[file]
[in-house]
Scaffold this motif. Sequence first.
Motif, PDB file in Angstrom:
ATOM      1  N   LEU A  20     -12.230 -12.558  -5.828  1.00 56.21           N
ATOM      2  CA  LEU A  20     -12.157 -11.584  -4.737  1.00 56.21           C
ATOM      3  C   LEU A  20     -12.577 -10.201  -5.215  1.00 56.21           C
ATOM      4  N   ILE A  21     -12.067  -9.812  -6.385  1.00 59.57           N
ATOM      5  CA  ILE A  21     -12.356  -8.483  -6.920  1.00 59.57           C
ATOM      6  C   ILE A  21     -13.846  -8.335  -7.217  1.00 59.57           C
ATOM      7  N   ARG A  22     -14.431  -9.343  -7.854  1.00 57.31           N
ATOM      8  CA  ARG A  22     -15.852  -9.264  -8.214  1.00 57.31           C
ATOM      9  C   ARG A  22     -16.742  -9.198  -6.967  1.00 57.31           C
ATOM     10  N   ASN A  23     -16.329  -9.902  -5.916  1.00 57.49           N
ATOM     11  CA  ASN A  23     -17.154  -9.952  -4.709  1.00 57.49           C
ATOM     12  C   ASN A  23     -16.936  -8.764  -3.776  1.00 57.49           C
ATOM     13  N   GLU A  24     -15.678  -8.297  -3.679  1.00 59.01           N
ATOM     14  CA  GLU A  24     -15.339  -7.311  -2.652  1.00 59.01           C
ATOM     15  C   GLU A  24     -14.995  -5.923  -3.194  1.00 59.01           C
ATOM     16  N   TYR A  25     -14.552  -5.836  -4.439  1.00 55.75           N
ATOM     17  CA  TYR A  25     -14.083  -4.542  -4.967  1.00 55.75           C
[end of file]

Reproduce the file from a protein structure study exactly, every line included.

[in-house]
Scaffold this motif. Sequence first.
Motif, PDB file in Angstrom:
ATOM      1  N   LEU A  20     -12.230 -12.558  -5.828  1.00 56.21           N
ATOM      2  CA  LEU A  20     -12.157 -11.584  -4.737  1.00 56.21           C
ATOM      3  C   LEU A  20     -12.577 -10.201  -5.215  1.00 56.21           C
ATOM      4  N   ILE A  21     -12.067  -9.812  -6.385  1.00 59.57           N
ATOM      5  CA  ILE A  21     -12.356  -8.483  -6.920  1.00 59.57           C
ATOM      6  C   ILE A  21     -13.846  -8.335  -7.217  1.00 59.57           C
ATOM      7  N   ARG A  22     -14.431  -9.343  -7.854  1.00 57.31           N
ATOM      8  CA  ARG A  22     -15.852  -9.264  -8.214  1.00 57.31           C
ATOM      9  C   ARG A  22     -16.742  -9.198  -6.967  1.00 57.31           C
ATOM     10  N   ASN A  23     -16.329  -9.902  -5.916  1.00 57.49           N
ATOM     11  CA  ASN A  23     -17.154  -9.952  -4.709  1.00 57.49           C
ATOM     12  C   ASN A  23     -16.936  -8.764  -3.776  1.00 57.49           C
ATOM     13  N   GLU A  24     -15.678  -8.297  -3.679  1.00 59.01           N
ATOM     14  CA  GLU A  24     -15.339  -7.311  -2.652  1.00 59.01           C
ATOM     15  C   GLU A  24     -14.995  -5.923  -3.194  1.00 59.01           C
ATOM     16  N   TYR A  25     -14.552  -5.836  -4.439  1.00 55.75           N
ATOM     17  CA  TYR A  25     -14.083  -4.542  -4.967  1.00 55.75           C